Those who are flooded with a rising tide of robocalls, spam calls and spoofing on behalf of telemarketers, political parties and hucksters should not allow these to become “missed calls”. This may encourage scammers to increase the number of calls until they get a response. Dolly believes “missed calls” should not become “missed opportunities” to discourage these cons. Why not get an early start and greet robocallers with early morning bird chatter? Screeches and squawks cannot be used to commit an unwitting victim to the purchase of some unwanted service or product. “Yes” should not form part of these “early bird” vocalizations. Using this word in response to a clever con can pit a person's own voice against them for authorization of an unwanted purchase. Turn the table on these increasingly sophisticated robocalling scammers. Spoofers may promise to “call back later”, “when you're better disposed”, but they probably won't. Squawk!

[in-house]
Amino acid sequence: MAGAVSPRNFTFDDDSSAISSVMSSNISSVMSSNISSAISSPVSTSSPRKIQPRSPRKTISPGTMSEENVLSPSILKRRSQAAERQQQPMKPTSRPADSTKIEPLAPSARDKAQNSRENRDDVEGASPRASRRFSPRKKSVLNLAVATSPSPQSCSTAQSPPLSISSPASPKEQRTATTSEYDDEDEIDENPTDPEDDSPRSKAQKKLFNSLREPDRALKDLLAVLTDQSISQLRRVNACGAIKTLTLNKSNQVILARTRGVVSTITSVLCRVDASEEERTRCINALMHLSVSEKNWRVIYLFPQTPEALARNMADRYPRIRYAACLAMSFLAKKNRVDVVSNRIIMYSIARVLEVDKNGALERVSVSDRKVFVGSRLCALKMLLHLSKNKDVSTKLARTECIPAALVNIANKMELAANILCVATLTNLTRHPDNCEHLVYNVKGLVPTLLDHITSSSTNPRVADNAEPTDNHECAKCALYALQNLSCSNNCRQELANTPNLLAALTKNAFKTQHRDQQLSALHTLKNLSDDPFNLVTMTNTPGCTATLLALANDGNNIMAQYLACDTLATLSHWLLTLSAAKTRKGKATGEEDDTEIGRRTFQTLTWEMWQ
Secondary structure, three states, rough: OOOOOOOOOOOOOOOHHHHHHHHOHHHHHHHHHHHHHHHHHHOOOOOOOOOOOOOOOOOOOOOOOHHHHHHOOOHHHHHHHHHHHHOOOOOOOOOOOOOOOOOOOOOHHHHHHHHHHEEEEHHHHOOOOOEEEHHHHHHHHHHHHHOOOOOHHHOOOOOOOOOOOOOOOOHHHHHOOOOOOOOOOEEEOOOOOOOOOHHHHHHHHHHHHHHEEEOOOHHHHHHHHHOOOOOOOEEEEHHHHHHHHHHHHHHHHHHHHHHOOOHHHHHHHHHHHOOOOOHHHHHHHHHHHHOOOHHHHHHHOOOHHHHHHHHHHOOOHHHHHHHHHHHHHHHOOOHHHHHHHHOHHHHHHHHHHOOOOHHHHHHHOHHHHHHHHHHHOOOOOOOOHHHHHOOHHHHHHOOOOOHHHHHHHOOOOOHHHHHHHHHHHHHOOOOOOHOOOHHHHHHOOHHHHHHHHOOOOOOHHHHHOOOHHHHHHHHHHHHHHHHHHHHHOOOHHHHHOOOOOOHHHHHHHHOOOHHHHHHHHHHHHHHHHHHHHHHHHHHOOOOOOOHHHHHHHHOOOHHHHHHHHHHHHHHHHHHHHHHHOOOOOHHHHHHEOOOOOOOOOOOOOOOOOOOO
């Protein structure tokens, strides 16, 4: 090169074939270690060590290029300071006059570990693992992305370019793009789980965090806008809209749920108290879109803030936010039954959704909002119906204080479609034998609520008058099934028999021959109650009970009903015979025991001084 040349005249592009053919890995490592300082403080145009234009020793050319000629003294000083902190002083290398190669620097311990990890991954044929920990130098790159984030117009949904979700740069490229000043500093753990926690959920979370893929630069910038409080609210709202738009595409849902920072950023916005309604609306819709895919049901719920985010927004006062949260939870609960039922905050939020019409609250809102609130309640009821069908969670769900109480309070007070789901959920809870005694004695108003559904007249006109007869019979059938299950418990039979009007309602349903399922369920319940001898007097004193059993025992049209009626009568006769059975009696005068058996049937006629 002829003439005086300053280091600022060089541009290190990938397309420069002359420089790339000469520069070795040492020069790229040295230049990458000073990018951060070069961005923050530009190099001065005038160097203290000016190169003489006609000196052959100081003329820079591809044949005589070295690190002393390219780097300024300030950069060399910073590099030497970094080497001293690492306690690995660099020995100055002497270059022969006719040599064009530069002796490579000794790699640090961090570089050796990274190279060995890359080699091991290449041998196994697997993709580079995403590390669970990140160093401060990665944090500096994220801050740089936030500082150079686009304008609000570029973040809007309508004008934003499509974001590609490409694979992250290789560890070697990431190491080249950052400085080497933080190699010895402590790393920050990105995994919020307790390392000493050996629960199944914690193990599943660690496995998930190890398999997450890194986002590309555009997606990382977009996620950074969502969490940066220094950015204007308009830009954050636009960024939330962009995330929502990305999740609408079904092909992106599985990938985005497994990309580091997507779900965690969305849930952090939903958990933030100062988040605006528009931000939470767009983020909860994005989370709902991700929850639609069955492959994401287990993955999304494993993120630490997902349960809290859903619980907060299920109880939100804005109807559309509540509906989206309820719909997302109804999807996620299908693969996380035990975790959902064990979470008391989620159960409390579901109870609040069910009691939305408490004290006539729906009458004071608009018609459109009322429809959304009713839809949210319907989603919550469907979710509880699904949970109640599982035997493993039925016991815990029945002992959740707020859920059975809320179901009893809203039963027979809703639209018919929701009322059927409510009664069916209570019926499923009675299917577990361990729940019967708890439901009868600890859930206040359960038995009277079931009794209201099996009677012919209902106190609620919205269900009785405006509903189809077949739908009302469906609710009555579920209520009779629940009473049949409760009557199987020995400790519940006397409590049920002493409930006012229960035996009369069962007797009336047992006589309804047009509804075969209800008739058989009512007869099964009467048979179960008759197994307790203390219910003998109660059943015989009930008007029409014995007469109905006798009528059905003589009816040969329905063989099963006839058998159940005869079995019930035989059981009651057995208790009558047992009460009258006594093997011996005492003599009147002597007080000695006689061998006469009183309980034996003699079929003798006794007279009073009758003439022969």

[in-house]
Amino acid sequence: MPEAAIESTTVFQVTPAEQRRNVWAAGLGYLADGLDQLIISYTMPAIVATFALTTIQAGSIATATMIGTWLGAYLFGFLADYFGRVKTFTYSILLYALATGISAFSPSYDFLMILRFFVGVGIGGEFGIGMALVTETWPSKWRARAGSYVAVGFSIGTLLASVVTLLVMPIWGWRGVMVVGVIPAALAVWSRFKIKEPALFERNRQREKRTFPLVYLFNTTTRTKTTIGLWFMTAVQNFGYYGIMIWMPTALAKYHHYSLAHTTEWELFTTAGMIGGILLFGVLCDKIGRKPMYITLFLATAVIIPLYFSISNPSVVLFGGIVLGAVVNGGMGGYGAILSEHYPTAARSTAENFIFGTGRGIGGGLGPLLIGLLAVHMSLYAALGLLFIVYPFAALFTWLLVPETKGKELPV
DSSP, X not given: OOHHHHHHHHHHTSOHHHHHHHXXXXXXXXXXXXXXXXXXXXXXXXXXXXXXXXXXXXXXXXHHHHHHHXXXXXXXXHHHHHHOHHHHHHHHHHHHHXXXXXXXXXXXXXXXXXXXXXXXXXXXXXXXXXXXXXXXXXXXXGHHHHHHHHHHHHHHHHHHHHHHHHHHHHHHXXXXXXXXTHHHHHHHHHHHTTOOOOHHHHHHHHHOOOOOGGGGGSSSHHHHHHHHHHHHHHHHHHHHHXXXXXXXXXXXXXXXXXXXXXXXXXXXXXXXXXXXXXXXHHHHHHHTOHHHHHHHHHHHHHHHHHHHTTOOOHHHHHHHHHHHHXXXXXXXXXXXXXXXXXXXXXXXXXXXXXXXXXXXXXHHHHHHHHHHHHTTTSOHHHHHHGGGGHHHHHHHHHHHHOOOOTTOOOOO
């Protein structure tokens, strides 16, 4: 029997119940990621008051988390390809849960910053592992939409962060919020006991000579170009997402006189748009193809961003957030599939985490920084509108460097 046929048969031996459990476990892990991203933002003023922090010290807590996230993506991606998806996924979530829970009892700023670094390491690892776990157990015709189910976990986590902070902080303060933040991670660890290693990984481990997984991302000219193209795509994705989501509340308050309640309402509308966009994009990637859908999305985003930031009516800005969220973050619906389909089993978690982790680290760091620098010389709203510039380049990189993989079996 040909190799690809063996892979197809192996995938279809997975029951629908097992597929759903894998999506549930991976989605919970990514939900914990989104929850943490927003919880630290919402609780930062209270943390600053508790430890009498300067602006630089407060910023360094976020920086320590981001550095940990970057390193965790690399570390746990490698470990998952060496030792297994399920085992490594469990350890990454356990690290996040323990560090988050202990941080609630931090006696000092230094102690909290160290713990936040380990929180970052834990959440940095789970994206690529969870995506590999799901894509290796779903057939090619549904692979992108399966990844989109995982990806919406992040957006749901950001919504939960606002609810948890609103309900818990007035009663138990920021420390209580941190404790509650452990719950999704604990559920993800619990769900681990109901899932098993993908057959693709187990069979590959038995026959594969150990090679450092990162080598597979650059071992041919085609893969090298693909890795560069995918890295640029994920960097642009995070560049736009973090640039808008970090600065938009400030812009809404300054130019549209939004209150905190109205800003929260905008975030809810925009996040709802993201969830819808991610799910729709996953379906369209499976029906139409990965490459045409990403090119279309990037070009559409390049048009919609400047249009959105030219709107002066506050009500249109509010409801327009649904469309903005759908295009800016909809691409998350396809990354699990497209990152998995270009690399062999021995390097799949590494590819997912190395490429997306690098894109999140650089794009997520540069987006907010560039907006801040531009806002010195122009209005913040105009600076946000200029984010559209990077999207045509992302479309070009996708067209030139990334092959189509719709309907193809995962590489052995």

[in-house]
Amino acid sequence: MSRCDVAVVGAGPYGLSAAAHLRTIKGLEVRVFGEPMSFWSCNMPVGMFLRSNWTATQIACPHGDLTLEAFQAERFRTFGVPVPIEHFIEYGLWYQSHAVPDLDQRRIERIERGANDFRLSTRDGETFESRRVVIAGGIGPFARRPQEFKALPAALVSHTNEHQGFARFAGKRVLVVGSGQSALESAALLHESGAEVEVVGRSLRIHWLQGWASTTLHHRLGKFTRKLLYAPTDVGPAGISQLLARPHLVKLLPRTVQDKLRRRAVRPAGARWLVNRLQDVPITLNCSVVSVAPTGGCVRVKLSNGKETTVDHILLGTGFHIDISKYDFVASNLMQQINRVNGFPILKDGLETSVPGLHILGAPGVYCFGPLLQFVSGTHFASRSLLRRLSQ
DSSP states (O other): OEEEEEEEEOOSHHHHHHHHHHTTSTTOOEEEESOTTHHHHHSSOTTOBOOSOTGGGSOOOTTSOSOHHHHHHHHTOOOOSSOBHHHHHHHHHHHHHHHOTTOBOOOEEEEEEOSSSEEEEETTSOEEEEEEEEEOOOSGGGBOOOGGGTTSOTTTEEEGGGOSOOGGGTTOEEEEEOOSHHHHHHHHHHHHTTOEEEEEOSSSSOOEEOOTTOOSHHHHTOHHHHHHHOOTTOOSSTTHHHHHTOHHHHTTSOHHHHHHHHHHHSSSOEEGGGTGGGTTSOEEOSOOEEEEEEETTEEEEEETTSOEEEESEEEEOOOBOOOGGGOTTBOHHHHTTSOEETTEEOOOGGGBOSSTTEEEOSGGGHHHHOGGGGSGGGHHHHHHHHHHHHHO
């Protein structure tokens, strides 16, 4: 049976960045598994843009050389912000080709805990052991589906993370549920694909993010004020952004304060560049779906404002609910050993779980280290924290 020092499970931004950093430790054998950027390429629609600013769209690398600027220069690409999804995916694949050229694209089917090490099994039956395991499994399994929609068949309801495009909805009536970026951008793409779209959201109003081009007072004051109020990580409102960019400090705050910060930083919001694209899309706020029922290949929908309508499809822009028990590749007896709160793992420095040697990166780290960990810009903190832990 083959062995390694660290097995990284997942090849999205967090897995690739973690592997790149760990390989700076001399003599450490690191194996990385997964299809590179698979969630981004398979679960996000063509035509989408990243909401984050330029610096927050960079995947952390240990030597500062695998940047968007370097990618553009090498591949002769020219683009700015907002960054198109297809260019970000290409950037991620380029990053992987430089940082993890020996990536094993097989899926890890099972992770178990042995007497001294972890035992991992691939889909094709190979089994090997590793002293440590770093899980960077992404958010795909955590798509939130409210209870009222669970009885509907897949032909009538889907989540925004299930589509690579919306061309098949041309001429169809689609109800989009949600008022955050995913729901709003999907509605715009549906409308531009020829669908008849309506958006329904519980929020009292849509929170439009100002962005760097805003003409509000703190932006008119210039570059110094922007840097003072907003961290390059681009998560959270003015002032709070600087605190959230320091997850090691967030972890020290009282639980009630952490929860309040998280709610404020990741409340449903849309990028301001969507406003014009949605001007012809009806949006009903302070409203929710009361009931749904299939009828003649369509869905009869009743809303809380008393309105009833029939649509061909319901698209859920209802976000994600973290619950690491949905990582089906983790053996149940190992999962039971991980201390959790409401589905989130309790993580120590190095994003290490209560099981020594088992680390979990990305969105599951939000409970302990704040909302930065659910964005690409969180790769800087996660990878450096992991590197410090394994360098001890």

Early Morning Bird Chatter

  • early morning bird chatter Dolly says:

    Scientists blame early morning bird chatter on male birds warning others to stay away from their territory.

  • early bird Dolly says:

    The sounds of an early bird are heard more clearly before the wind and workday sounds pick up and obscure these messages.

    • Early StartDolly says:

      Those who get an early start are too busy to be disturbed by the early morning chatter of birds.